Upon returning home on January 5, O’Dell surveyed the damage. His own home had 4.5 feet of standing water on the first floor and a completely flooded basement. He estimates that 95 percent of their possessions were lost. The cart barn, maintenance facility and clubhouse had 5 feet of standing water. The clubhouse was gutted and 20 percent of the maintenance machinery was ruined.

On the course, 17 of 19 greens were underwater, 75 percent of the bunkers were lost, gravel paths were washed onto greens, and some late-fall turf work was damaged. The Herculean task of clean-up and restoration included removing debris, brushing fairways, replacing bunker drainage, adding 400 tons of sand, verticutting greens (later followed by aerating), and repairing the practice green, which had a 12-foot by 4-foot hole in it.

At the same time, drywall work and new appliances were needed for the clubhouse. The interior of his home was gutted and O’Dell helped assist contractors with repairs while his wife and daughter stayed with friends.

After the December 2015 flood, O’Dell and his staff began to “flood-proof” the course. They removed sand from several bunkers near the river and in low-lying areas and sodded them. Smaller floods are not uncommon, so dealing with washed-out bunkers is a way of life. He even took precautions for his home, adding “flood-resistant” floorboards and moving electrical outlets higher on the walls.

When the water reaches 28 feet, it starts to back up through the course’s drains and bunkers. At 38 feet, nearby homes have water in the basement and more than half of the course is underwater. At 46 feet, the clubhouse is flooded, the golf course is inaccessible because roads are closed, and water is filling the first floor of homes near the O’Dell residence.

Aberdeen Floods: Take Two

On April 29, the skies opened again, dumping 12.5 inches of rain in three days. Although the volume was greater this time, the timing of the storm and the long-term forecast gave the staff an opportunity to prepare, taking things off the floor and placing them on pallets.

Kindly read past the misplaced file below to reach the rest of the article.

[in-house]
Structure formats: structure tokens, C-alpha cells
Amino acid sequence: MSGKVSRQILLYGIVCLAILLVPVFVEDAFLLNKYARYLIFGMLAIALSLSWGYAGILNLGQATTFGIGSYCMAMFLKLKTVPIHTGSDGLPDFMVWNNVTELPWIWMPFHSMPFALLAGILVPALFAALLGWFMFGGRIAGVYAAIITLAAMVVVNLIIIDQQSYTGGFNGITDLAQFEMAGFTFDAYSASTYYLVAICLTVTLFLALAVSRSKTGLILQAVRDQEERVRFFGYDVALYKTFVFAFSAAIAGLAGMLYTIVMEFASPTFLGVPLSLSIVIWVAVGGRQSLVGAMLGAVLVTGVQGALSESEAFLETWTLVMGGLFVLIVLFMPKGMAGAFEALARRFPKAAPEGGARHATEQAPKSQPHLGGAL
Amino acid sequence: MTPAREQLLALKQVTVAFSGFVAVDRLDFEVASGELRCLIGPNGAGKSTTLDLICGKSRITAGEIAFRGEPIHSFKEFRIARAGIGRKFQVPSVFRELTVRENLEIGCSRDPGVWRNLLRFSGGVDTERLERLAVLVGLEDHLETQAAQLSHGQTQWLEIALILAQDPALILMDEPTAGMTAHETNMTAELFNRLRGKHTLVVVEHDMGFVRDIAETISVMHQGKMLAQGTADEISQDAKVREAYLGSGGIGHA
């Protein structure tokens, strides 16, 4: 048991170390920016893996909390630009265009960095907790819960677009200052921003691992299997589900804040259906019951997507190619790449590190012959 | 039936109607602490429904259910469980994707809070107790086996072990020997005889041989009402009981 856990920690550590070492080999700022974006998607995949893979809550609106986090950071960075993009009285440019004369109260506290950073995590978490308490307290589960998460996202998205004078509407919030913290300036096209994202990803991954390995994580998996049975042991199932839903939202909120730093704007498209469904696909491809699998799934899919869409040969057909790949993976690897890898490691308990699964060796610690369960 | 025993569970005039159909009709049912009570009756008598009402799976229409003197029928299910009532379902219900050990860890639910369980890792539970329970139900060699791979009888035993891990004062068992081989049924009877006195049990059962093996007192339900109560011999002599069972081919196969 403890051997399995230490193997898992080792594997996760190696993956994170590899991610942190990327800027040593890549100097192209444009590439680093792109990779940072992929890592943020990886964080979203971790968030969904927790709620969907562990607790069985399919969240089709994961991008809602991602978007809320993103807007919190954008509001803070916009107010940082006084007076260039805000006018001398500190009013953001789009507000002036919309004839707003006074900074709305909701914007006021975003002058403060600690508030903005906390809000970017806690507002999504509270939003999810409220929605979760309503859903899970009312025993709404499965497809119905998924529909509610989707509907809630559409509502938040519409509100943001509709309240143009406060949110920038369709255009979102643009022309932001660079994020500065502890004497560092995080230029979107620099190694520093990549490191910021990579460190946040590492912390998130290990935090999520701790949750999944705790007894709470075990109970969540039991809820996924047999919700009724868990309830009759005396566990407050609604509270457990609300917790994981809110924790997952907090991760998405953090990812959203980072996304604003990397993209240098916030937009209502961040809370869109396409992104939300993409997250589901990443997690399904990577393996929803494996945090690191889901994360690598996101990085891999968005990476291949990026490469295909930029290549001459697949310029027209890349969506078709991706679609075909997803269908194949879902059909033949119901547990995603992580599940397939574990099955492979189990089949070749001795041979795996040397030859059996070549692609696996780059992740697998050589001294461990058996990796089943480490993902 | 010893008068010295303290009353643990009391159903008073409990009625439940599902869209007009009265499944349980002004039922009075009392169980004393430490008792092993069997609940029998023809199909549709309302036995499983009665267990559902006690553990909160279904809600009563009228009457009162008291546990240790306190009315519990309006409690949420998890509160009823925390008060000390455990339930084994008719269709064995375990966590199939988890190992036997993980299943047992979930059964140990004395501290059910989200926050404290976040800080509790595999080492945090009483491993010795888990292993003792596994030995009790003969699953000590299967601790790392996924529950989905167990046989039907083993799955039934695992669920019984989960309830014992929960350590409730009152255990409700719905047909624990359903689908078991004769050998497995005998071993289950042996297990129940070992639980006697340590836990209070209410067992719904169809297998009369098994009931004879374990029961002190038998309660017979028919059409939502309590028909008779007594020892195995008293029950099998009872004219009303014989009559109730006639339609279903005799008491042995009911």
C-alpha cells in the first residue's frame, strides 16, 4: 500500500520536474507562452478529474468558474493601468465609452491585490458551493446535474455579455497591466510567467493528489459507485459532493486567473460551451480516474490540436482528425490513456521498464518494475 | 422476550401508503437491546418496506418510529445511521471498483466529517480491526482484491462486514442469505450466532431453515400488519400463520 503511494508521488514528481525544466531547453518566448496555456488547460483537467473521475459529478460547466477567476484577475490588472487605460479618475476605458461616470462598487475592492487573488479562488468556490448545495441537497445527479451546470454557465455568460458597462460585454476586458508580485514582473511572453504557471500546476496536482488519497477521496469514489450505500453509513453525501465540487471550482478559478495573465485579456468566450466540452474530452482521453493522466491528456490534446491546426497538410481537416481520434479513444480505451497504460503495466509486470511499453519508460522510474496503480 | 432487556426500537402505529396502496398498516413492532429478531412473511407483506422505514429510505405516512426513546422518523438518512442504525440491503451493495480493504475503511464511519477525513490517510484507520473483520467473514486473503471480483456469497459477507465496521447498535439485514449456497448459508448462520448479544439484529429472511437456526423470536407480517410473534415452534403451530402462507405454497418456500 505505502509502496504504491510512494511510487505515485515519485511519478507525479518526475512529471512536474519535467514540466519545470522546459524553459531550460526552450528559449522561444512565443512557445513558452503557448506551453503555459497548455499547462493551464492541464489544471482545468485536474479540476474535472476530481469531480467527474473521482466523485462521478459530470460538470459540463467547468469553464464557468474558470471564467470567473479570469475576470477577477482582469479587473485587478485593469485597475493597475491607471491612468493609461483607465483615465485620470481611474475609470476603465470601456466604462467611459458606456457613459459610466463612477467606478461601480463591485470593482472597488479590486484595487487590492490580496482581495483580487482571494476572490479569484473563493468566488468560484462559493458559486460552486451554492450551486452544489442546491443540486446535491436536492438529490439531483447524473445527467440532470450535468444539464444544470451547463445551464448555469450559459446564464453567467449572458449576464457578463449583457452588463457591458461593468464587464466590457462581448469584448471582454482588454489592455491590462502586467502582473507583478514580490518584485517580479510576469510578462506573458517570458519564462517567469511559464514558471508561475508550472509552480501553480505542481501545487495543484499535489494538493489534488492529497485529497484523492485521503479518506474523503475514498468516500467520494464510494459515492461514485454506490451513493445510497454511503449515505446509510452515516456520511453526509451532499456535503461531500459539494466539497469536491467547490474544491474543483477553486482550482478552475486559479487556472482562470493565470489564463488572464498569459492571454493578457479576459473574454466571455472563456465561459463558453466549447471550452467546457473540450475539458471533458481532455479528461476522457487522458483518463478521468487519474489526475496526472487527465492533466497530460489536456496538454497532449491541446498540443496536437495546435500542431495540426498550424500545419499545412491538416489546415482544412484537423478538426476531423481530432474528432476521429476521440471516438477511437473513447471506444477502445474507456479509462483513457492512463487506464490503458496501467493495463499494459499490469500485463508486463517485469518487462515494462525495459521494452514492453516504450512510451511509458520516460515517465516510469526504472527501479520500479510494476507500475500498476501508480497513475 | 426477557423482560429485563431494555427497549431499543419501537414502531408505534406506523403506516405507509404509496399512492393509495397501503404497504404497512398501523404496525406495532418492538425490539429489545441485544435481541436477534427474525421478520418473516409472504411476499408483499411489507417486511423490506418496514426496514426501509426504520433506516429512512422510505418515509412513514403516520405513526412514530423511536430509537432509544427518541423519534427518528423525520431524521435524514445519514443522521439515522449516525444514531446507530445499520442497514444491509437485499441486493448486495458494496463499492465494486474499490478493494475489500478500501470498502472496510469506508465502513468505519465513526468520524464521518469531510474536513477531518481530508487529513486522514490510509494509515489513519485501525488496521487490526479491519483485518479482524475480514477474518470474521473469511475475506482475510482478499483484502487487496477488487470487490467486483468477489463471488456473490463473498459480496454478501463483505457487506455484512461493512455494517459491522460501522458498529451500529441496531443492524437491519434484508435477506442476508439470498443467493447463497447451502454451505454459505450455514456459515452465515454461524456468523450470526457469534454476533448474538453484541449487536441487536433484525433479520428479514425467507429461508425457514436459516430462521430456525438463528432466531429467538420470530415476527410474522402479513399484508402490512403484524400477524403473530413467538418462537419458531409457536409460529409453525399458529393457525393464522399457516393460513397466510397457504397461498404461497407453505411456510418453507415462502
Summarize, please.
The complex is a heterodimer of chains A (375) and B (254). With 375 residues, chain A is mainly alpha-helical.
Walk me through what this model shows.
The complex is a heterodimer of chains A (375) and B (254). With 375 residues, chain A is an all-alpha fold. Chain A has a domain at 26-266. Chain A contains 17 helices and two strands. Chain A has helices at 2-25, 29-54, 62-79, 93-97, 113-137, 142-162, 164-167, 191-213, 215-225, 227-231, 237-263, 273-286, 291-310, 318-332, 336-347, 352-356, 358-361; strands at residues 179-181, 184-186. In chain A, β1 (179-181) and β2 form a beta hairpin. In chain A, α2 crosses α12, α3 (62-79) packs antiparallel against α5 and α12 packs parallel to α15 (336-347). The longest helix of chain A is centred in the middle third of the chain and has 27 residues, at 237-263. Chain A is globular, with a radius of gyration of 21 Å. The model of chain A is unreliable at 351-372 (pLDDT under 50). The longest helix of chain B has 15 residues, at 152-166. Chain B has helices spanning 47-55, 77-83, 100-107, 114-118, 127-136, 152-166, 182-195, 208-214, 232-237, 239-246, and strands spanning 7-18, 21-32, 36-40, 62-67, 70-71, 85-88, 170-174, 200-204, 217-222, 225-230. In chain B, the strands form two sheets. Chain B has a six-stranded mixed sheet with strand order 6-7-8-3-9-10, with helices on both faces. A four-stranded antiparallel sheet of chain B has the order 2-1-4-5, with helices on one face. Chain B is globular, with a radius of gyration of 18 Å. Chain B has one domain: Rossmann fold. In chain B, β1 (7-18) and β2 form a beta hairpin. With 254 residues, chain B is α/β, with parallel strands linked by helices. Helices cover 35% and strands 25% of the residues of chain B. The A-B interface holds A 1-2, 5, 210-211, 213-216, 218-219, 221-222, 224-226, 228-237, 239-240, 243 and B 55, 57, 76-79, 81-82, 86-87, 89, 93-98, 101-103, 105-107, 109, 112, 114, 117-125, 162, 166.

Clubhouse flood

Given those preparations, nobody expected things to be as bad as they were. The first five feet of drywall in his home and the clubhouse had to be removed, as well as all of the carpeting. O’Dell said 60 percent of the bunkers were lost and 300 tons sand was ordered to repair them. He says the “blessing” this time around was that the weather was conducive to a huge volunteer effort from golfers and other superintendents in the area. Greens were flushed to remove the silt, debris was removed, and the greens and fairways were aerated. Remarkably, the effort resulted in the course opening a mere two weeks after the flood.

The Silver Lining

It is understandable that O’Dell is a bit shaken by the results of the past two years. Still, he has no plans to leave Aberdeen because he’s come to love the community, the course and the people.

“It’s been such a blur,” O’Dell says. “In one sense it’s been a waste, because everything we had done to get the course in the best condition it has ever been is now gone. But there are people who are suffering much greater losses. I think of the people back home in England, dealing with terror, and I realize how blessed we are.”

If there is one bright spot, it is O’Dell’s supportive family, which grew by one when his daughter Emma arrived on September 6, 2016. He calls his wife Aaron the “true hero,” having had to re-establish a home for the second time and move the family from friend to friend for lodging while their home is being repaired. He says for their sake, they are considering moving to a house out of the flood plain.

“One of the great parts of my job is I provide a means for people to get away from work and other pressures,” O’Dell says. “People love being out here to enjoy the environment of the golf course. That keeps me going. I love being out on the golf course, too.”